It was a bit disconcerting watching the BBC Panorama programme yesterday ( see here ), showing, in great detail, the elaborate network of fraud behind student visas. Using undercover reporters, BBC was able to film an English Language examination, for TOEIC no less, where the answers are being read out to the candidates. A separate part of the examination, where the candidates' speaking and listening ability is tested, a native speaker was hired as a proxy and she appeared the test instead of the real candidate, who was asked to wait nearby during the test. And, this is not just about TOEIC: Perversely, the 'Visa Agents' were able to steal bank account details of people, presumably in collusion with employees of certain banks overseas as well as in Britain, to produce bank statements showing required balances to enable visa extension.  The BBC was trying to prove that there is an extensive network of fraud gaming the UK visa system. This is not new, but the brazenness

Innovation in Higher Education: A Difficult Business

Datuk Dr Paul Chan, President of Help University in KL, is a remarkable man. As someone who has built a successful university from ground up in what some of my English academic colleagues call as the Silicon Valley of Higher Education, he has a close first hand view of what innovation in Higher Education looks like. Yet, when the real Silicon Valley is waking up to Higher Education, President Chan remains remarkably anti-hype: No one wants innovation in Higher Education, because everyone is after standards and prestige, he said. Just before I met Datuk Chan last November, Help University caused a flutter in Western media, and with their partners in Southern New Hampshire University, by giving out an Honorary Doctorate to Kim Jong Un. Going by this, they are certainly not orthodox, nor a stickler of other people's standards. In fact, a part of our conversation was about the standards: In what seemed a continuation of views aired by Dr Mahathir Mohamad decades earlier, Datuk Ch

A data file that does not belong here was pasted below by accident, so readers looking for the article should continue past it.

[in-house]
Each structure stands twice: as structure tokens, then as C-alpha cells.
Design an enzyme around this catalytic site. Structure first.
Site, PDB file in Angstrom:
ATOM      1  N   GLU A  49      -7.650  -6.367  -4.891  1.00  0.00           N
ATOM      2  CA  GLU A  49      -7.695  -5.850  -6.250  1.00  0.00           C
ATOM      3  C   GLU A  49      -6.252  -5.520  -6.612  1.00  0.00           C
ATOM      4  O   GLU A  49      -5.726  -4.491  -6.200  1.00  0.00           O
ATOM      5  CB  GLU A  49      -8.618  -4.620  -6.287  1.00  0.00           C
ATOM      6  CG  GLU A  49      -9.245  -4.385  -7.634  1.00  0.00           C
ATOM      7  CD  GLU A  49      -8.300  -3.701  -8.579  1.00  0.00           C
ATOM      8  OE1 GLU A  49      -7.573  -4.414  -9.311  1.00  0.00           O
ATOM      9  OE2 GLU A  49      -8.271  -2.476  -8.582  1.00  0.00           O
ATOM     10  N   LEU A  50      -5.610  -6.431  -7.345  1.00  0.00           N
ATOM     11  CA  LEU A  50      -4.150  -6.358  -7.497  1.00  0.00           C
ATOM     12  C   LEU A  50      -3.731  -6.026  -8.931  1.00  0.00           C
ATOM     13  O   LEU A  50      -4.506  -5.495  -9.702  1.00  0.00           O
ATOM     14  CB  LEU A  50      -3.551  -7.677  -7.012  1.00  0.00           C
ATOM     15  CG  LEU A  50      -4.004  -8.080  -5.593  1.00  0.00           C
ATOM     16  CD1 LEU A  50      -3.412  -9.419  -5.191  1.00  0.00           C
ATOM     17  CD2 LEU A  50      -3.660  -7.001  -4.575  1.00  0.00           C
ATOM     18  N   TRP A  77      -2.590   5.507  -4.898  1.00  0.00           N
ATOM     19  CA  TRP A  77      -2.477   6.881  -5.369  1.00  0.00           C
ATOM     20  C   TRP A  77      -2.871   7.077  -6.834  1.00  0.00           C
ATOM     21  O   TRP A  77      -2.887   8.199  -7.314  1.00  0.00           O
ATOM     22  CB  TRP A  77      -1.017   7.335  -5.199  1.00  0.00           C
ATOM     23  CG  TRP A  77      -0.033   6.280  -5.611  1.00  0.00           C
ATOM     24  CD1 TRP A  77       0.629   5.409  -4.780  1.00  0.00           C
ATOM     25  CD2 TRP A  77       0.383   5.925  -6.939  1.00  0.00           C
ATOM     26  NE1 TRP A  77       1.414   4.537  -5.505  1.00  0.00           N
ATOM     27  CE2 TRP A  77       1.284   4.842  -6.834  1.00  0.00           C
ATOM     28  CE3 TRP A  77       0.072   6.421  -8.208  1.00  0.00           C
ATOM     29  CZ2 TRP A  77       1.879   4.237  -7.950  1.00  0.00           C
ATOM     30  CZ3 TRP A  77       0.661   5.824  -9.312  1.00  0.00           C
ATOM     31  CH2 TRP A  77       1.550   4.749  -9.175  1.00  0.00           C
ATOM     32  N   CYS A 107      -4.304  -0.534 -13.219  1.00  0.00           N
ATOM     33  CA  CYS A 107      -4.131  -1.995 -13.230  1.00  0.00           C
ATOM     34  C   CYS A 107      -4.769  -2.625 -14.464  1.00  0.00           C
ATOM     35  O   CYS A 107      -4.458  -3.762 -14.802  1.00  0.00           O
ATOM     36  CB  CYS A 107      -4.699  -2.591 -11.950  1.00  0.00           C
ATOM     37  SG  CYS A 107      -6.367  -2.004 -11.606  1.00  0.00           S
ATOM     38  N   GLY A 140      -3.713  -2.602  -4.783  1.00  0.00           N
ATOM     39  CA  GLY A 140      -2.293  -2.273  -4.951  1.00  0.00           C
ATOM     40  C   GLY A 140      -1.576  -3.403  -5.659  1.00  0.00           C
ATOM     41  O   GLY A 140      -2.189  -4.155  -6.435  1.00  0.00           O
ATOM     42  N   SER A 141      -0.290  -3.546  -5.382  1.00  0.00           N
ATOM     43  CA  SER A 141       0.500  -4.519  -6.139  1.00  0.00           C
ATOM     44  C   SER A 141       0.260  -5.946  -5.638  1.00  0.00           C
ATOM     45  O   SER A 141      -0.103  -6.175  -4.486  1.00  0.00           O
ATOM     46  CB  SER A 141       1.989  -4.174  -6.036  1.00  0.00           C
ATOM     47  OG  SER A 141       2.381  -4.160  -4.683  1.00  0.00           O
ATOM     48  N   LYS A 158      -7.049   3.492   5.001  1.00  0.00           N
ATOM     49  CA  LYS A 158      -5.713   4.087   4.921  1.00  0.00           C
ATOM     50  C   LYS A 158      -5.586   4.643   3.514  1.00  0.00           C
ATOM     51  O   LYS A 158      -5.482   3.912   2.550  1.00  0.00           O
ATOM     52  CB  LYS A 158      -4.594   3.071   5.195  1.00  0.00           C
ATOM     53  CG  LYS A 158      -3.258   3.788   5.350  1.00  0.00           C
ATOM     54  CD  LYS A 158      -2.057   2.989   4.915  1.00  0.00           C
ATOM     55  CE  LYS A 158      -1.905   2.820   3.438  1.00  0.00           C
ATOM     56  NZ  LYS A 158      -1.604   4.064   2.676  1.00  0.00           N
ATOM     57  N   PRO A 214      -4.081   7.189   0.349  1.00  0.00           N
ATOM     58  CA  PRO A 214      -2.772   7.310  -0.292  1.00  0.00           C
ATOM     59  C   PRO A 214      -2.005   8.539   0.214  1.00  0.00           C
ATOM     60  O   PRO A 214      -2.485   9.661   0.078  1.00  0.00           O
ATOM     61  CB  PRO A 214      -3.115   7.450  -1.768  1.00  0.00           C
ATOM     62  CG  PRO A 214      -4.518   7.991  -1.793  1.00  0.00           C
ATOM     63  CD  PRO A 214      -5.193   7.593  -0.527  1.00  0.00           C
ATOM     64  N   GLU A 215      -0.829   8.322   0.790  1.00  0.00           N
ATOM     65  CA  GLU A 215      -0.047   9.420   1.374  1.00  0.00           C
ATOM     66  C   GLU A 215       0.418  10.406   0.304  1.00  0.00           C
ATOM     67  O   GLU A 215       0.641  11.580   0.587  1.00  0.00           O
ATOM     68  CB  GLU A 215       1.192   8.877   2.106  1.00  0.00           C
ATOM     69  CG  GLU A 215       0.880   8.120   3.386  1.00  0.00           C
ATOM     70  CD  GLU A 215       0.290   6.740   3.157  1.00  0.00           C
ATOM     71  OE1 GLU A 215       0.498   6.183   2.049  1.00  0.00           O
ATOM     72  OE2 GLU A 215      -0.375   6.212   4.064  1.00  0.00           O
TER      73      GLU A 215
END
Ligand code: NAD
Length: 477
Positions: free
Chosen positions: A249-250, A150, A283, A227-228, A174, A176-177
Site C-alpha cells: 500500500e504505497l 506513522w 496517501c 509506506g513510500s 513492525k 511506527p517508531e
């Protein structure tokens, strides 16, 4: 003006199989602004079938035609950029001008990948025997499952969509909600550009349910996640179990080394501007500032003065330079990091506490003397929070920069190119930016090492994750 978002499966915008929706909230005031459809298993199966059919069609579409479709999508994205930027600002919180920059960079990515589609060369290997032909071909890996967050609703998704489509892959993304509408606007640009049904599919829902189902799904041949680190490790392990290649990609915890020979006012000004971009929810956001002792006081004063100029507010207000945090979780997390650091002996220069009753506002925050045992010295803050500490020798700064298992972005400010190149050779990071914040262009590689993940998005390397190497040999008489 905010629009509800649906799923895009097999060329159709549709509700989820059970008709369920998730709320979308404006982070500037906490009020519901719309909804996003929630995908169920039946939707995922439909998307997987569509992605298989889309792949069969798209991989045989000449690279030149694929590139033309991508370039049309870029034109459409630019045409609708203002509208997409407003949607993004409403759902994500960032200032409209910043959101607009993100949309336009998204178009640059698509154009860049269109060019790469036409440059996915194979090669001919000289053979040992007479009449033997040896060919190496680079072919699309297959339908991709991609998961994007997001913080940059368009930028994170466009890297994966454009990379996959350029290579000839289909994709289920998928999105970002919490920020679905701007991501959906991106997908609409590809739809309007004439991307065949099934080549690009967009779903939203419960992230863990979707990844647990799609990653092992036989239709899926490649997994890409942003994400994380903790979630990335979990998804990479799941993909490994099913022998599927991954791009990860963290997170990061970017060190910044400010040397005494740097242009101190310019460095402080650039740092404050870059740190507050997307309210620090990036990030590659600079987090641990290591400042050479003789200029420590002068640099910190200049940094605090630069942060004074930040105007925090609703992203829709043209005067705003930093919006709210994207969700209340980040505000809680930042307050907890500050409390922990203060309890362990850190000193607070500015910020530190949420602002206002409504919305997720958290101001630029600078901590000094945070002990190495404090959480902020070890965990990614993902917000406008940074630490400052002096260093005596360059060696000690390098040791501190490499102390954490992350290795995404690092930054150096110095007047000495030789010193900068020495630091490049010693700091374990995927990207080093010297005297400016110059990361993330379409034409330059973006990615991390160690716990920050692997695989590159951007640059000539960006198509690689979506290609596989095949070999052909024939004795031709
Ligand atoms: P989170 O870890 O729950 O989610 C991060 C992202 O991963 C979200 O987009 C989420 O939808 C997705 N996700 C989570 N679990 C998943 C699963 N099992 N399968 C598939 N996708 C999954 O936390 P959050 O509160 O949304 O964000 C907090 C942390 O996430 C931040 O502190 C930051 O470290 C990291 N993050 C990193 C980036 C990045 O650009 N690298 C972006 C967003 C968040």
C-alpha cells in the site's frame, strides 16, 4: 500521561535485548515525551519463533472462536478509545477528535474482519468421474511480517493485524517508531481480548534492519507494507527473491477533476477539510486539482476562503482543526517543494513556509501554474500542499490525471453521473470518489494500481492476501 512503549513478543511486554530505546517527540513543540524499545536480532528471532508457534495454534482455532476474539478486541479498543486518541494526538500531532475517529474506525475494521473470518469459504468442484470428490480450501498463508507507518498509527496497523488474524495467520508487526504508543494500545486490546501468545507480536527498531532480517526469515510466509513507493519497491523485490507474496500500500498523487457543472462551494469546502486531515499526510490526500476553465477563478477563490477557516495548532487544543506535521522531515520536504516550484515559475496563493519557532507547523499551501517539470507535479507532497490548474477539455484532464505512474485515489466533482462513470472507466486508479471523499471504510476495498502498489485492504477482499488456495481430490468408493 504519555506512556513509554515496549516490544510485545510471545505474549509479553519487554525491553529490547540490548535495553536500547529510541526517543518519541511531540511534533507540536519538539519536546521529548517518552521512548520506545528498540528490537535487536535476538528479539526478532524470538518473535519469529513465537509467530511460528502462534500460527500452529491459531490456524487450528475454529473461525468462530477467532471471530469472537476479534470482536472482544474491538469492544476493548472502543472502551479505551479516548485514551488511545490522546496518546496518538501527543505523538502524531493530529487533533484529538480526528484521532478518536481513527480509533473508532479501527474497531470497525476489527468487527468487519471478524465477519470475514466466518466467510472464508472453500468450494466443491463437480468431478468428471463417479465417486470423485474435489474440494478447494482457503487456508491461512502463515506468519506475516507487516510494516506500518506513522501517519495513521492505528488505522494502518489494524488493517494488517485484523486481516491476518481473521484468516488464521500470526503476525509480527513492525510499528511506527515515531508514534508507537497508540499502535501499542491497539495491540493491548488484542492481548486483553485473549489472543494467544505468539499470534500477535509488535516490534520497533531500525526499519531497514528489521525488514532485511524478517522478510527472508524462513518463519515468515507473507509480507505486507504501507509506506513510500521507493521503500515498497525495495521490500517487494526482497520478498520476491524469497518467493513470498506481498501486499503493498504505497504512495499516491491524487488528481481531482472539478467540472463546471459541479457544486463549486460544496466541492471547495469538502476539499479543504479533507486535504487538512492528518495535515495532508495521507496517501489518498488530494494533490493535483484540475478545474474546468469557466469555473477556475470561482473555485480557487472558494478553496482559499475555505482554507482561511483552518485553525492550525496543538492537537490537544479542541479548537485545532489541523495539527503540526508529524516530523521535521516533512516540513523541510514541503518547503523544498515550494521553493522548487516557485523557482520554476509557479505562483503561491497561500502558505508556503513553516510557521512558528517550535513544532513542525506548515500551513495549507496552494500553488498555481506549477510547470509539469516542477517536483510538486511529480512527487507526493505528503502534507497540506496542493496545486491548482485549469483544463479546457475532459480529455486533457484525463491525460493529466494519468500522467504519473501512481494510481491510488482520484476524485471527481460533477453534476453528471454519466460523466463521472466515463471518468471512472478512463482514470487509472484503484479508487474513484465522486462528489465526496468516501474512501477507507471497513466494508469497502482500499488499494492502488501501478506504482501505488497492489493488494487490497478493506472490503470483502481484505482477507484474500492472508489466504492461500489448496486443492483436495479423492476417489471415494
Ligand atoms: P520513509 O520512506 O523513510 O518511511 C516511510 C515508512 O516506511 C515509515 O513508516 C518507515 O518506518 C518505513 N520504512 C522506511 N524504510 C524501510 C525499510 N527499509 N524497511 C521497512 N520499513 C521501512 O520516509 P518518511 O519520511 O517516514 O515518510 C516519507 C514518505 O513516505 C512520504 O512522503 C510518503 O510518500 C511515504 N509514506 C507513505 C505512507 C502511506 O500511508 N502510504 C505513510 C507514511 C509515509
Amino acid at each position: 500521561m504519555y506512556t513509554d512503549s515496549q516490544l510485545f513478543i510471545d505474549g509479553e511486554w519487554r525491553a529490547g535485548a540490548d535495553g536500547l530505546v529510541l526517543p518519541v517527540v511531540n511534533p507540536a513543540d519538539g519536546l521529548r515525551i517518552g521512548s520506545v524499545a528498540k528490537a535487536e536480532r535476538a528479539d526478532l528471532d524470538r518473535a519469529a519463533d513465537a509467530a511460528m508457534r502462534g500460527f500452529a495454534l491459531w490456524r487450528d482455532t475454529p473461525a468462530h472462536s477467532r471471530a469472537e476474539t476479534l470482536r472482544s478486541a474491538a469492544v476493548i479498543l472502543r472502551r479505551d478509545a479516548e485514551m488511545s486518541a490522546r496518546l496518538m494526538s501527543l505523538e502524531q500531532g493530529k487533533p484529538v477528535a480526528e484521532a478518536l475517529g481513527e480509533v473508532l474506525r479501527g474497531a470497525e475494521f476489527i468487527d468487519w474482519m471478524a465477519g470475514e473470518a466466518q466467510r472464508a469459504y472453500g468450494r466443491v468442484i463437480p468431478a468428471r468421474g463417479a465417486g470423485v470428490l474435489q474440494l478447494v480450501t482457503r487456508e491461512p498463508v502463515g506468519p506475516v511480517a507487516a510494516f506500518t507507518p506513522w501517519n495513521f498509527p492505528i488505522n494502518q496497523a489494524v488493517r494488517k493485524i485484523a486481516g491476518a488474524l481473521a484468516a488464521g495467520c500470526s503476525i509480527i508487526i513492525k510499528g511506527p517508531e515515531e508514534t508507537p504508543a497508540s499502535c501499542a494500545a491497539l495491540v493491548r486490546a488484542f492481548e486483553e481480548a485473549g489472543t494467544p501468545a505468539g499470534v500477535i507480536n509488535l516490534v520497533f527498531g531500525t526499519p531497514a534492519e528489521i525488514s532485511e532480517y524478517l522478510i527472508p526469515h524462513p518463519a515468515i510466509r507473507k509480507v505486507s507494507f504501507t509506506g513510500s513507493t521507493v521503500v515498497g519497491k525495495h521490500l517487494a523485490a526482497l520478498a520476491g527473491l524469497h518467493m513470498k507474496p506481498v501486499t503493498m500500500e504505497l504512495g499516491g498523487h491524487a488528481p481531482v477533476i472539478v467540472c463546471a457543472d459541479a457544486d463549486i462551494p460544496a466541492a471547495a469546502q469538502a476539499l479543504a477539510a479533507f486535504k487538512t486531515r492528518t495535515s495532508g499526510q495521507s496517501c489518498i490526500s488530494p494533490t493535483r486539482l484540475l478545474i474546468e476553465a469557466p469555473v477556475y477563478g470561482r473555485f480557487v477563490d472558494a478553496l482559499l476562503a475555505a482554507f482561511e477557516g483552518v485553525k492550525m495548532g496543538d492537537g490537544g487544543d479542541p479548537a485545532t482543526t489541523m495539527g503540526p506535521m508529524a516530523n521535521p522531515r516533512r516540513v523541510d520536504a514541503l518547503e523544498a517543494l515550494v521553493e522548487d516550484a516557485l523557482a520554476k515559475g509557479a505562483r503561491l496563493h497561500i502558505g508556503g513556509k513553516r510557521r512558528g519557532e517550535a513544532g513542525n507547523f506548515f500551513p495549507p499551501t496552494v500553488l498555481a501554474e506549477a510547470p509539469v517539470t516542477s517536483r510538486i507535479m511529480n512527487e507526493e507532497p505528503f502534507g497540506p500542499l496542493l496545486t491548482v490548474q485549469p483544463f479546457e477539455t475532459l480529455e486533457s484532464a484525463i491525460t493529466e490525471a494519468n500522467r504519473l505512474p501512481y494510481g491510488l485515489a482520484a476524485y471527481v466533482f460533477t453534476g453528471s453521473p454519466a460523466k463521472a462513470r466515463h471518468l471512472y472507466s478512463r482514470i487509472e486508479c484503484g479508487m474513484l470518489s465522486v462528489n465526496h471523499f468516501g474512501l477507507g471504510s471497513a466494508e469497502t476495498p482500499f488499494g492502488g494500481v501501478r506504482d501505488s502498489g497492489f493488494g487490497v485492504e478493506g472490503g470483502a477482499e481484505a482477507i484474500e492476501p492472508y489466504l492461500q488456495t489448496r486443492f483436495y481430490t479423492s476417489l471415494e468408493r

The Twilight of The Business Schools

Those who can't, teach - says The Economist (See the story ). The business schools indeed don't like the disruptive innovation business. Despite the impressive sway they hold particularly in the emerging countries, they are eager to hold on to the fragile foundational logic that MBA is necessary to lead a business, despite mounting evidence on the contrary. So, anything, like the company-run Mini-MBAs, that undermine the value of the business school business, is shunned. This is, however, head in the sand behaviour than anything strategic. The Economist sees the business schools suffering from two problems. One is about becoming too academic, with professors more obsessed with publication and academic prestige than teaching. This is a standard criticism of academic practice today, one that is easily countered. Teaching without research and practice is hardly the thing to do in a discipline like business. The Economist indeed concerned itself with the top-flight B-Schools,

Two Globalisations